Brazilian President Dilma Rousseff took a political hit when the lower house voted to raise spending on pensions. The big fiscal blow wouldn’t be felt for several years.
Lawmakers in the lower house, including members of Rousseff’s own party, on Wednesday passed the amendment over her opposition as part of a broader bill designed to shore up fiscal accounts. Because the measure boosts pensions for people retiring after it takes effect, the greatest impact would come in later years.
Still, the defeat is the latest evidence of the government’s challenge to build support for Rousseff’s austerity measures. She now has less than three weeks to work with the opposition and reluctant members of her own coalition to push measures worth 14.5 billion reais ($4.8 billion) in savings through the Senate. The bills expire June 1.
“This shows how much Rousseff will have to negotiate each individual detail of every measure in Congress, and shows that the coalition is not solid,” Andre Cesar, an independent political analyst who previously worked at consulting firm CAC Consultoria, said by telephone. “This is eminently a political loss.”
The real appreciated 1.5 percent on Thursday to 2.9942 per U.S. dollar, the biggest gain among major Latin American currencies tracked by Bloomberg. The benchmark Ibovespa stock index rose 0.5 percent.
Rousseff will veto the amendment if it passes through the Senate as expected, analysts at political consulting firm Eurasia Group wrote May 14. Lawmakers probably wouldn’t challenge the veto in a vote for months, giving the administration time to work with lawmakers on an alternative with less of an impact on government spending, they wrote.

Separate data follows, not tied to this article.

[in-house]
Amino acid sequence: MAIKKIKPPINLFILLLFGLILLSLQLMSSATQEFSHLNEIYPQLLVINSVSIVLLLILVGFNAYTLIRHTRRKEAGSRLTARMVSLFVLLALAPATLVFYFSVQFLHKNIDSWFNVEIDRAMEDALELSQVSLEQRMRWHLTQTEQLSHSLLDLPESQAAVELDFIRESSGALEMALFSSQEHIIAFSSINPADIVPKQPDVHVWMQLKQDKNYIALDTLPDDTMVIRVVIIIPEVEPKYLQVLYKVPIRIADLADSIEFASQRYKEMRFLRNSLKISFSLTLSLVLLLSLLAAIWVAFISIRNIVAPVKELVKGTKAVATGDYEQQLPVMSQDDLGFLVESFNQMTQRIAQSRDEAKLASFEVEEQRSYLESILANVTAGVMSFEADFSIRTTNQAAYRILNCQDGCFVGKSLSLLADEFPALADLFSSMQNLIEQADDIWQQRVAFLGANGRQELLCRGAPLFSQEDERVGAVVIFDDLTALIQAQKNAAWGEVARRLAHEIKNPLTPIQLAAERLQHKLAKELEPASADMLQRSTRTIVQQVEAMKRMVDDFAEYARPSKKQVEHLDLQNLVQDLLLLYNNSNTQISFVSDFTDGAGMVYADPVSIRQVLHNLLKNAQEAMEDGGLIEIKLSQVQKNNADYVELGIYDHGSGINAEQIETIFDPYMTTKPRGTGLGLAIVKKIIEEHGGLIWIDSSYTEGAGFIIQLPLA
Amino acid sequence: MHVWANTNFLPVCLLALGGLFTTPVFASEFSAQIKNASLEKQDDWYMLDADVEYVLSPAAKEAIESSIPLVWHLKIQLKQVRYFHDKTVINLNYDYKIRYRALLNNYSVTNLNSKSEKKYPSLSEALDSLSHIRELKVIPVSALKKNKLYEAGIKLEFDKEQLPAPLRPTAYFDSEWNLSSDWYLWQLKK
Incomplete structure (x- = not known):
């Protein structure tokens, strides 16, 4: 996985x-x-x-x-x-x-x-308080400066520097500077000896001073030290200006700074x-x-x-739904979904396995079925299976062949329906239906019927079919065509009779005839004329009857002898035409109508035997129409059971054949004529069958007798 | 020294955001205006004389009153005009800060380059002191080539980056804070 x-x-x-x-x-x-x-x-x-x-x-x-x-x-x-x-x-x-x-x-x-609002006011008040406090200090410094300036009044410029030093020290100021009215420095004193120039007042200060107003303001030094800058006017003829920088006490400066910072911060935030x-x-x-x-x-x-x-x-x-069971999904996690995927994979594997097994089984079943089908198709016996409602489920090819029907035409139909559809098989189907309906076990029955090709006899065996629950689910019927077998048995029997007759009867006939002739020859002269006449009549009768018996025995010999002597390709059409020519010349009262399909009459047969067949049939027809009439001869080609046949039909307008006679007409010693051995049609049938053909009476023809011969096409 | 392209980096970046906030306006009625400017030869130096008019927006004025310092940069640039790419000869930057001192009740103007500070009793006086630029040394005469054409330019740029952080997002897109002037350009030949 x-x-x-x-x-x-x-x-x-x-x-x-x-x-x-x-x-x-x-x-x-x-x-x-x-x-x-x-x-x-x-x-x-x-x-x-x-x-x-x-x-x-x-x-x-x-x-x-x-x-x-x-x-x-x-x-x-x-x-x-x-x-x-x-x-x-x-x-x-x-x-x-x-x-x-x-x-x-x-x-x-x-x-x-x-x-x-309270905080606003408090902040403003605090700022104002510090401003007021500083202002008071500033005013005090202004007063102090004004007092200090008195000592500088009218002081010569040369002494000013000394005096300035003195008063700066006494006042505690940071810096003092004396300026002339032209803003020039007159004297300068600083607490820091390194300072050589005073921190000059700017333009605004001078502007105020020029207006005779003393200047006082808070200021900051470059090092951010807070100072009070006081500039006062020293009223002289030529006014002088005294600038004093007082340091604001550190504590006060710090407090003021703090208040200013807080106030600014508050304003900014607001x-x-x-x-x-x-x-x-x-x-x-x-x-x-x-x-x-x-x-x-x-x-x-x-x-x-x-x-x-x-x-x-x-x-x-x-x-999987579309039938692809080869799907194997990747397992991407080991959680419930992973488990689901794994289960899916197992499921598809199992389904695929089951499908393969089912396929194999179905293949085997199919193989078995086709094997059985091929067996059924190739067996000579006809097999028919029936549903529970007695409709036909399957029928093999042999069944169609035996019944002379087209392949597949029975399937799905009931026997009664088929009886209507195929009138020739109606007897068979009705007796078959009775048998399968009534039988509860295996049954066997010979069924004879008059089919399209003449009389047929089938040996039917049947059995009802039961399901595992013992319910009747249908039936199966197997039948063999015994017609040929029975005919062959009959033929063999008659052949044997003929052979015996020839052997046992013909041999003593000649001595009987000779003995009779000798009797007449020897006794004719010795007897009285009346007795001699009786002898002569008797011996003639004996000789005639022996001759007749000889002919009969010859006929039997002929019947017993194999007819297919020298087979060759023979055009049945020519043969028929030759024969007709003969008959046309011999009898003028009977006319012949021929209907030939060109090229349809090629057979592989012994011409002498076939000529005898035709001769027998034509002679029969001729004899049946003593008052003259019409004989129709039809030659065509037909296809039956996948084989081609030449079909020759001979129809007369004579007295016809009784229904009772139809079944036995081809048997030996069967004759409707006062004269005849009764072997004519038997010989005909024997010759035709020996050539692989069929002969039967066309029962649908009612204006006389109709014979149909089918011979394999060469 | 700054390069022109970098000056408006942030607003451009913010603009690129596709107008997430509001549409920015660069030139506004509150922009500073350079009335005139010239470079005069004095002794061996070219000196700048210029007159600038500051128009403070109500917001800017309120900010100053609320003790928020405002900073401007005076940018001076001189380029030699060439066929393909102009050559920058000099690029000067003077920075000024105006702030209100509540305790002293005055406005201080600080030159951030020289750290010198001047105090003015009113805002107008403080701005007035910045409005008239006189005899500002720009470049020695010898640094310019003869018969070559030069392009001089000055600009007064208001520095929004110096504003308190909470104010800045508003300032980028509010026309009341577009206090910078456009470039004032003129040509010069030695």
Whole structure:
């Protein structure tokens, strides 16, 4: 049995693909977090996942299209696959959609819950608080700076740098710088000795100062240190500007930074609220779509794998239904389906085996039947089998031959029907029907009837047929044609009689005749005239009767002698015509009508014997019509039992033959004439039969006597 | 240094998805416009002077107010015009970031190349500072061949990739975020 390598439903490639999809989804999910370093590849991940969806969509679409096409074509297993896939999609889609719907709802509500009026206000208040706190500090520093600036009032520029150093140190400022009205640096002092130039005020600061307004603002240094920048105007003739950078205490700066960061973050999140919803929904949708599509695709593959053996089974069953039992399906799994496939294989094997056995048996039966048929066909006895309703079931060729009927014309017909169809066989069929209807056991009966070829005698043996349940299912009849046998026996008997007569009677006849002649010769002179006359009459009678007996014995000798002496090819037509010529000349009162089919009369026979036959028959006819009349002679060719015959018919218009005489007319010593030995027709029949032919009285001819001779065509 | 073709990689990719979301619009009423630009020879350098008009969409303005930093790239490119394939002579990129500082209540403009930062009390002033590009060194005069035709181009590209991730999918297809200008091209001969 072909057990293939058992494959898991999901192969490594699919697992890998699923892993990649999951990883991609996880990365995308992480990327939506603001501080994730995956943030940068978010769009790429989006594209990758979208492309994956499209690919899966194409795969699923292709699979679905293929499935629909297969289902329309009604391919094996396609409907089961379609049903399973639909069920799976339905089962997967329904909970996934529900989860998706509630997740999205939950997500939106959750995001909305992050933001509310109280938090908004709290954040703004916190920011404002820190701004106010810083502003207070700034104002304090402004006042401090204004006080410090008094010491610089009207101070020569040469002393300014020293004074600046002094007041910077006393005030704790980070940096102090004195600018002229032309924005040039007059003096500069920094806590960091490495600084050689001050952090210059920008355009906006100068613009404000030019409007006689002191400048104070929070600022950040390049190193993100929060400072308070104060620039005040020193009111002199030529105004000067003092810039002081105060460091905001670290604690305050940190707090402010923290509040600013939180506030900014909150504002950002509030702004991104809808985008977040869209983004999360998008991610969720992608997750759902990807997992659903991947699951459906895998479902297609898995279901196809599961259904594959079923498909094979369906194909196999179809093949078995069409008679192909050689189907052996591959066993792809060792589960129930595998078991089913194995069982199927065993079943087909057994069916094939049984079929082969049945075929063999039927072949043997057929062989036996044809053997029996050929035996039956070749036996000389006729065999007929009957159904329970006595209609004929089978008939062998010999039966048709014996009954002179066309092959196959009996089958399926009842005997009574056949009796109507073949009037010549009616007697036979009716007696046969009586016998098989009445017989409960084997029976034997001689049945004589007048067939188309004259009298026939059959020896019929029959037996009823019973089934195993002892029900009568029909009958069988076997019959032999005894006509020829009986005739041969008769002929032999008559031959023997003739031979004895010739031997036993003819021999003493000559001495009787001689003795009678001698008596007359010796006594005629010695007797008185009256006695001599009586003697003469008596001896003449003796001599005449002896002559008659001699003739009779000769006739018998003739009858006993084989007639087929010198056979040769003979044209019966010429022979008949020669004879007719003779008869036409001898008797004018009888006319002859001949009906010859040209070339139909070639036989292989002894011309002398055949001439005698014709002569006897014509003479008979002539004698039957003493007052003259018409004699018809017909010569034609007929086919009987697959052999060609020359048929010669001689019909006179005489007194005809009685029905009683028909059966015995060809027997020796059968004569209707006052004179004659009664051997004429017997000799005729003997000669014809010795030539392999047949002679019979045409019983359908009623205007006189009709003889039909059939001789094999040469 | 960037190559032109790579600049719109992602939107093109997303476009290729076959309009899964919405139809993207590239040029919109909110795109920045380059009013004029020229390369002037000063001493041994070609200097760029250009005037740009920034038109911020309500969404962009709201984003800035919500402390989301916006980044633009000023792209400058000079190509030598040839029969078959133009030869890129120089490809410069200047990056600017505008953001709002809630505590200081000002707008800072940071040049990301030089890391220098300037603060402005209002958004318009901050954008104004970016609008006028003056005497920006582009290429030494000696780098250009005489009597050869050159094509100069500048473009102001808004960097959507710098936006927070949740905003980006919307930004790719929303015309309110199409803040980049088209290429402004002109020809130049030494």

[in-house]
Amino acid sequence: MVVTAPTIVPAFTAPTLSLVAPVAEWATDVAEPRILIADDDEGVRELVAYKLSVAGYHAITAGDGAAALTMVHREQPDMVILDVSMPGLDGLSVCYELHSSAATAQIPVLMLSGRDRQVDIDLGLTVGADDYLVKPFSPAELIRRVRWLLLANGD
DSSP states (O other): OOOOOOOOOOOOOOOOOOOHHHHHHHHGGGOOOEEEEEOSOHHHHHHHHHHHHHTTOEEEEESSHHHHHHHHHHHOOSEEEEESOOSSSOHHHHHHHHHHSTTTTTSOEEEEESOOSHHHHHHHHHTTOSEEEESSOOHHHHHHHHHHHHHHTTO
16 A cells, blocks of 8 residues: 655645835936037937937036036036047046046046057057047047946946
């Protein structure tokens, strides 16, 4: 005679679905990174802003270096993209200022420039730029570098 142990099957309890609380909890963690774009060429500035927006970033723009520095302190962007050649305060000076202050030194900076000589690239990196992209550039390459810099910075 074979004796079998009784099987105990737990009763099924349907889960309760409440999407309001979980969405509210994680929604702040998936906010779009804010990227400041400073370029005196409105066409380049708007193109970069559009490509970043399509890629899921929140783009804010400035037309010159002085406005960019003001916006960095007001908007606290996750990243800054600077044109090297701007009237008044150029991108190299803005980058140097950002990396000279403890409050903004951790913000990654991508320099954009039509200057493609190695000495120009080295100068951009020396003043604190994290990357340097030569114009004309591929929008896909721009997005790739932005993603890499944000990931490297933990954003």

Speaking in Sao Paulo on Thursday, Finance Minister Joaquim Levy said he would give the Senate a chance to evaluate the lower house vote before announcing any plans on the amendment. Lower House President Eduardo Cunha, a member of Rousseff’s largest coalition partner, the PMDB, said hours later that lawmakers would override any presidential veto.
Even if that occurs, the amendment will have little impact on government spending before Rousseff is scheduled to step down in January 2019, Fabio Klein, a public-finance analyst at Tendencias Consultoria in Sao Paulo, said by phone.
The measure would boost pensions for some Brazilians who start retiring after it takes effect, raising federal expenditures by 40 billion reais over the next 10 years, according to Jose Guimaraes, the government’s leader in the lower house. The cost would be greater toward the end of the decade, Klein said.
“The short-term impact on the budget is negligible,” he said. “That gives the government more time to deal with the situation.”
Rousseff’s fiscal policies are designed to achieve a budget surplus this year after her administration ran a deficit before interest payments in 2014. She vows to protect Brazil’s investment grade, which came under threat when Standard & Poor’s in 2014 cut its rating to one level above junk.